Read the full paper in Science Advances. Download the GIS layer files

Global strategies to halt the dual crises of biodiversity loss and climate change are often formulated separately, even though they are interdependent and risk failure if pursued in isolation. The ‘Global Safety Net’ maps how expanded nature conservation addresses both overarching threats. We identify 50% of the terrestrial realm that, if conserved, would reverse further biodiversity loss, prevent CO2 emissions from land conversion, and enhance natural carbon removal. This framework shows that, beyond the 15.1% land area currently protected, 35.3% of land area is needed to conserve additional sites of particular importance for biodiversity and stabilize the climate. Fifty ecoregions and 20 countries contribute disproportionately to proposed targets. Indigenous lands overlap extensively with the Global Safety Net. Conserving the Global Safety Net could support public health by reducing the potential for zoonotic diseases like COVID-19 from emerging in the future.

Approximately half of Earth’s terrestrial surface is considered to be in a natural or seminatural condition. How does this remaining habitat overlap with global conservation priorities and carbon storage requirements? This paper highlights sites of particular importance for biodiversity where additional conservation attention is needed, and additional intact lands of particular importance for carbon storage and other ecosystem services. It also depicts the coincidence and disparities between terrestrial biodiversity and carbon storage priorities. This spatially explicit output documented in “A Global Safety Net” is intended to be a dynamic tool to support multilateral, national, and subnational land use planning efforts.

While the parallel crises of biodiversity loss and climate change have generally been approached separately, a key solution for two of the most pressing challenges of our time is the same: conserve enough nature and in the right places. Analyses designed to protect biological diversity have converged on the need to conserve and connect approximately half the Earth. In addition, several studies indicate that above 1.5°C in global average temperature rise, many ecosystems would be unable to adapt and, with increased biodiversity loss, could collapse. Nature-based solutions offer essential means to achieving the global climate objective of staying below 1.5°C. Achieving a future in which people and nature thrive is possible, but more ambitious conservation targets will be required.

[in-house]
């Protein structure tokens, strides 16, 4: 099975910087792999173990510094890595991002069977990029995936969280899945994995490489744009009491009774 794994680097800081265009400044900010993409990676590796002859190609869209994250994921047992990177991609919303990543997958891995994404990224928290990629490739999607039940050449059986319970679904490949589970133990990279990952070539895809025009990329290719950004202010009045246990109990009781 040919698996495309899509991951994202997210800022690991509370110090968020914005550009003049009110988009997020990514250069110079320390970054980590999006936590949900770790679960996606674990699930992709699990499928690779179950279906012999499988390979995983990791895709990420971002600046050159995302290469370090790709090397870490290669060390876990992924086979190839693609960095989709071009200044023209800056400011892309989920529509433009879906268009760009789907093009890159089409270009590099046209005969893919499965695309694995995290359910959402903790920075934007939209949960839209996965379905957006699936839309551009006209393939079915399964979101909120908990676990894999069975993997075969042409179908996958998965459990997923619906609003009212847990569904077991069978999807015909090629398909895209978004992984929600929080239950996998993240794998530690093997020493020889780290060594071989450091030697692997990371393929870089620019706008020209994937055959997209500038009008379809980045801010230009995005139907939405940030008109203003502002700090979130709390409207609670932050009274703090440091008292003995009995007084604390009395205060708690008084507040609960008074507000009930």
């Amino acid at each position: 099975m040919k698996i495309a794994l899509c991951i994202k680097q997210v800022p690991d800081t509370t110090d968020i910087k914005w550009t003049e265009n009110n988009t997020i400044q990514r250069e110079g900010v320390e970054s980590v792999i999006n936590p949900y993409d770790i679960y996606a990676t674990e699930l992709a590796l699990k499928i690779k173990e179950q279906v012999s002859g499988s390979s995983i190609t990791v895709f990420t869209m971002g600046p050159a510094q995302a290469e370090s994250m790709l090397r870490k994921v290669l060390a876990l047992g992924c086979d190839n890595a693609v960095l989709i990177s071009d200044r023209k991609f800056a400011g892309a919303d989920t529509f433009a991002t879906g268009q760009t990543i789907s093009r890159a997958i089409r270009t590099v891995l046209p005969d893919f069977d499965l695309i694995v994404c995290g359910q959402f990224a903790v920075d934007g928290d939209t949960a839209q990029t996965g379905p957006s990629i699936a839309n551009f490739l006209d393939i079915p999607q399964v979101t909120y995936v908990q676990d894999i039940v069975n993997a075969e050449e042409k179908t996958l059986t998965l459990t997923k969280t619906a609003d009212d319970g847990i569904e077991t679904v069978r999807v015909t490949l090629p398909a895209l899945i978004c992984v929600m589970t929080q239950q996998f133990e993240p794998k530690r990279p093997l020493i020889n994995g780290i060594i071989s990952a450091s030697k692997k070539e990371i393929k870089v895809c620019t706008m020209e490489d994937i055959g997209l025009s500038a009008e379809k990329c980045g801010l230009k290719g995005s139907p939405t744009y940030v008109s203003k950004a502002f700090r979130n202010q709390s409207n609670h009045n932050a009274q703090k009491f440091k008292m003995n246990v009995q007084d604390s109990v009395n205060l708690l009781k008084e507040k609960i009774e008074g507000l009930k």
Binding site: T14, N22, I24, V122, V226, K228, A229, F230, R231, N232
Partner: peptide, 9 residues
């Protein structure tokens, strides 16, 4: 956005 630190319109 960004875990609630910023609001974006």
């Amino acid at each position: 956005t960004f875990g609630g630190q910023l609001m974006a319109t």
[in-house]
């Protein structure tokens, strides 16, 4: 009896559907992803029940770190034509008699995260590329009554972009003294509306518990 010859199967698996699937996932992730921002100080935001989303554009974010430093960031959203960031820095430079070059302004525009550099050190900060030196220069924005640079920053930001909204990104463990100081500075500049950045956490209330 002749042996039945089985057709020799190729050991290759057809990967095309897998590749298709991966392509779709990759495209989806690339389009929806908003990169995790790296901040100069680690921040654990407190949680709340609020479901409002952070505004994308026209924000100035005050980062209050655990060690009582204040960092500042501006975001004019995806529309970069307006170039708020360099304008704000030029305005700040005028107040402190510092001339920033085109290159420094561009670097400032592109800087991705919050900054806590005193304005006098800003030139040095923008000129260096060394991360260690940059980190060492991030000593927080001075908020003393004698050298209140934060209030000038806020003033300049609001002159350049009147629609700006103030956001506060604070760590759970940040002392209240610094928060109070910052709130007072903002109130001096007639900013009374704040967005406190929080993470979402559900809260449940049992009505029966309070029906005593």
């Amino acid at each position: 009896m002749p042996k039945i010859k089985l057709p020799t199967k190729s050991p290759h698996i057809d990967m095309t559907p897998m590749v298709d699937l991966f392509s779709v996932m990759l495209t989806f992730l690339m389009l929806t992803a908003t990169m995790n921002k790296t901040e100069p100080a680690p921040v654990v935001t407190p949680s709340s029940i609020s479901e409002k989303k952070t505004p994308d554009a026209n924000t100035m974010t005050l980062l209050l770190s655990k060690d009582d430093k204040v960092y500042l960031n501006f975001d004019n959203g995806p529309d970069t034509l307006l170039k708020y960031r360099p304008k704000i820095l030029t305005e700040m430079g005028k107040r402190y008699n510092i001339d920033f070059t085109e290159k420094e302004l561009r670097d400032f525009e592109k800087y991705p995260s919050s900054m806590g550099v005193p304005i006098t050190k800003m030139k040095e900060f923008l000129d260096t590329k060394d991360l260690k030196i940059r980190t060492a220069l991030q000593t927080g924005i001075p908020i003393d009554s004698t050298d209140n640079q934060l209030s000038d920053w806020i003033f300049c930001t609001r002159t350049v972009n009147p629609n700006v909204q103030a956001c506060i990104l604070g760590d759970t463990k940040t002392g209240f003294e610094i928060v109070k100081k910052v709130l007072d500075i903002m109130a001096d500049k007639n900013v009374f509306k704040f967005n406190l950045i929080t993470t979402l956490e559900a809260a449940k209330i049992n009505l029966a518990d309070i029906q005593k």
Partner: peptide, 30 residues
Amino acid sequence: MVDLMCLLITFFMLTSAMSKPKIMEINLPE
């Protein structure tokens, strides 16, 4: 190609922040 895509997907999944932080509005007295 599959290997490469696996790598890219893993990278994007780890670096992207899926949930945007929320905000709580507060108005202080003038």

The need for an ambitious global conservation agenda has taken on a new urgency in 2020 after the rapid spread of the COVID-19 virus. Global shifts in mammalian population trends reveal key predictors of virus spillover risk. Extensive deforestation in the tropics has led to humans coming into greater direct contact with vector-borne pathogens (e.g., Zika virus, which emerged from mosquito carriers in the Lake Victoria Basin forest-savanna) or via mammalian carriers that serve as viral hosts (e.g., HIV virus, which emerged from primates in the Northeast Congolian lowland forests). As important, achieving the area-based targets to protect all remaining intact and semi-intact terrestrial habitats would be an effective solution to reduce contact zones, helping to limit the chance of zoonotic diseases from affecting human populations in the future.